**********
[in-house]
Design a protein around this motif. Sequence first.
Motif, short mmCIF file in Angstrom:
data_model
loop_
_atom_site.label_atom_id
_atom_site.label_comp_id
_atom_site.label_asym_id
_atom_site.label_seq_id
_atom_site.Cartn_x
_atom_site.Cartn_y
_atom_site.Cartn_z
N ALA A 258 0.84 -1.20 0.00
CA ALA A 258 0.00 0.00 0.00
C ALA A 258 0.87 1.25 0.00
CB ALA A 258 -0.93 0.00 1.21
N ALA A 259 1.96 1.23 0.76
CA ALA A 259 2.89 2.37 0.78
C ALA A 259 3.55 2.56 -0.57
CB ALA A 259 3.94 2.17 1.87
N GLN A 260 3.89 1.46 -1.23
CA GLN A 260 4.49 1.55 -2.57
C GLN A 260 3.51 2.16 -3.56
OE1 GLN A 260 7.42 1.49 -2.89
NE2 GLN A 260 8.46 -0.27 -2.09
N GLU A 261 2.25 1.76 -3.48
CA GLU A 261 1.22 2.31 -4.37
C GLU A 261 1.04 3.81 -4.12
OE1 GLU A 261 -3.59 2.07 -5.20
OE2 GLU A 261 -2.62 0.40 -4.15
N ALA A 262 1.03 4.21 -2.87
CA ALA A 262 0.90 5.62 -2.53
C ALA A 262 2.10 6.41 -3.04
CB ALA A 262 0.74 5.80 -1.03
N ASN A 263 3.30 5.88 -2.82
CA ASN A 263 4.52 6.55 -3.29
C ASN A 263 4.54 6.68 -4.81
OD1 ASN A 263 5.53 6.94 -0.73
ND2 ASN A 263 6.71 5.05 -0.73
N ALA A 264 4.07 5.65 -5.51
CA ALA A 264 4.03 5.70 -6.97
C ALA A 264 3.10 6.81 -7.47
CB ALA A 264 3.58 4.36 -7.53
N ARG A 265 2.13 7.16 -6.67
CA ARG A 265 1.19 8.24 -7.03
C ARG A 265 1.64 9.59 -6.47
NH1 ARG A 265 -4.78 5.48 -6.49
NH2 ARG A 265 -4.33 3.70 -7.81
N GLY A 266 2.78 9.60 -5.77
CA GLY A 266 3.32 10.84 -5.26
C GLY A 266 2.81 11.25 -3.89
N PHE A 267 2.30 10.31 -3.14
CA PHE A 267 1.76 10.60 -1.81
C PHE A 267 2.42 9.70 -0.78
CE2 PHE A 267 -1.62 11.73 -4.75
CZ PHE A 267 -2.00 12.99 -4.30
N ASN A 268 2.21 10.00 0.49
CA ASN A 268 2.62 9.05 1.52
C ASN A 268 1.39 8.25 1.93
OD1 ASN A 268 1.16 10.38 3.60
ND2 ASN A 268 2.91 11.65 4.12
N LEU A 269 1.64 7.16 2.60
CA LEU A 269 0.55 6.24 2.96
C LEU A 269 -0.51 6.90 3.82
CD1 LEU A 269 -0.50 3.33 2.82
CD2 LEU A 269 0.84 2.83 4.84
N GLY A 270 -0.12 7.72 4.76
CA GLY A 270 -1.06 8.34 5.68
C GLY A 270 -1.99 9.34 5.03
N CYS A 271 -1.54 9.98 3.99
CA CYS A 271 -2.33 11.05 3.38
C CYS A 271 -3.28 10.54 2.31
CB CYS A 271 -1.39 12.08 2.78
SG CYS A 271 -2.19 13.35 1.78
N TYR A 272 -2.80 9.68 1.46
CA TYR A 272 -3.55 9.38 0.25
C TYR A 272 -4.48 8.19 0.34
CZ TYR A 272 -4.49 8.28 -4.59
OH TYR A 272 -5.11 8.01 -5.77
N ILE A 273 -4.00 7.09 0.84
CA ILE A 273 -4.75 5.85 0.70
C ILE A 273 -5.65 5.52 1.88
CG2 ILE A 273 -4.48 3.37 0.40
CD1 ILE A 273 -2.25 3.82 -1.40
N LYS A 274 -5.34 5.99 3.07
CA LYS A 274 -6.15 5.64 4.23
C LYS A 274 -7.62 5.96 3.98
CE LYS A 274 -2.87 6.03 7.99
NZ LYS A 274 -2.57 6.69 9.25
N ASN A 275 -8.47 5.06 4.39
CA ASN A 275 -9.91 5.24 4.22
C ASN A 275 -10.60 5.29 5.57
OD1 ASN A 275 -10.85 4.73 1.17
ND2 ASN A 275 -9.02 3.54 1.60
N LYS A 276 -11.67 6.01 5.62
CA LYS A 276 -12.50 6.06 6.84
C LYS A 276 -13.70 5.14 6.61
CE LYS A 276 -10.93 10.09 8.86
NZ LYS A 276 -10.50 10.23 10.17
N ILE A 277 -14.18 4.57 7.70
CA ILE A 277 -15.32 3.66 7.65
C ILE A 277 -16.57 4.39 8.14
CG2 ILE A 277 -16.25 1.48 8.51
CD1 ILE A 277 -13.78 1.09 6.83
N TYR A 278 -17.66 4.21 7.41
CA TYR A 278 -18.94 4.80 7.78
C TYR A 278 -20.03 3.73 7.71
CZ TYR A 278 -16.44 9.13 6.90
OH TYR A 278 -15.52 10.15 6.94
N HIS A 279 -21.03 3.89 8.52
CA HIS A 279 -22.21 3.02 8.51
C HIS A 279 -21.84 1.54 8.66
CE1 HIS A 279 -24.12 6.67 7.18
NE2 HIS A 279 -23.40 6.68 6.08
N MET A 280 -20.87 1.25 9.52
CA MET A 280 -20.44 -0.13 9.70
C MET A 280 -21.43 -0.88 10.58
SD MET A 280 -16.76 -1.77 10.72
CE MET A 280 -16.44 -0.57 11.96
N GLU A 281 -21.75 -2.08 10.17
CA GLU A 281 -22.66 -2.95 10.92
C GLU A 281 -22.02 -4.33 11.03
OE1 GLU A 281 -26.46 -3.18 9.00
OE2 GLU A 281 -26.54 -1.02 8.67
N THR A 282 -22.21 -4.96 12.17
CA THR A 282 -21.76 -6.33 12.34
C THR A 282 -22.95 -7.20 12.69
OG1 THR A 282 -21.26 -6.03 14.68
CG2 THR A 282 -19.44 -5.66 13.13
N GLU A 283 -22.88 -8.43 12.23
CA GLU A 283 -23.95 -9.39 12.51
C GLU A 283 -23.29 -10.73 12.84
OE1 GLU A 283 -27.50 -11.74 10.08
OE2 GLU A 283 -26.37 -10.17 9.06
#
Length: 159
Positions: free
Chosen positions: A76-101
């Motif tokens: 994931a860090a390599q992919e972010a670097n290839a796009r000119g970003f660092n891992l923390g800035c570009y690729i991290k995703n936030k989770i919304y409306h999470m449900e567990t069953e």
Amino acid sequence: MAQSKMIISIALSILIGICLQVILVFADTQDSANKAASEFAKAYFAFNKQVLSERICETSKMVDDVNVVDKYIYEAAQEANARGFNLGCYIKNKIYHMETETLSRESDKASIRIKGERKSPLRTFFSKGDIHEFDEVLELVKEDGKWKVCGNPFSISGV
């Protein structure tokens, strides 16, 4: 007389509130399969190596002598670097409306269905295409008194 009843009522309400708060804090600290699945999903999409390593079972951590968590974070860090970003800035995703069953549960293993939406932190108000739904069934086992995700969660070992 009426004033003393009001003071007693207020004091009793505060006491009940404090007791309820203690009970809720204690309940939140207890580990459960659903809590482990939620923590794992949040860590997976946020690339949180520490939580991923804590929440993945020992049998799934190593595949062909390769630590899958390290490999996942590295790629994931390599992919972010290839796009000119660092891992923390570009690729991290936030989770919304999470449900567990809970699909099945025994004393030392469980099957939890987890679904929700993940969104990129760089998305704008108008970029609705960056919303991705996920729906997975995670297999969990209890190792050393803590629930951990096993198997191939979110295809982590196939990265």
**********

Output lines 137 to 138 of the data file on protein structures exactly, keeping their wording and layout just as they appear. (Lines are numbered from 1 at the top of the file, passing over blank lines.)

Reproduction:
Positions: free
Chosen positions: A76-101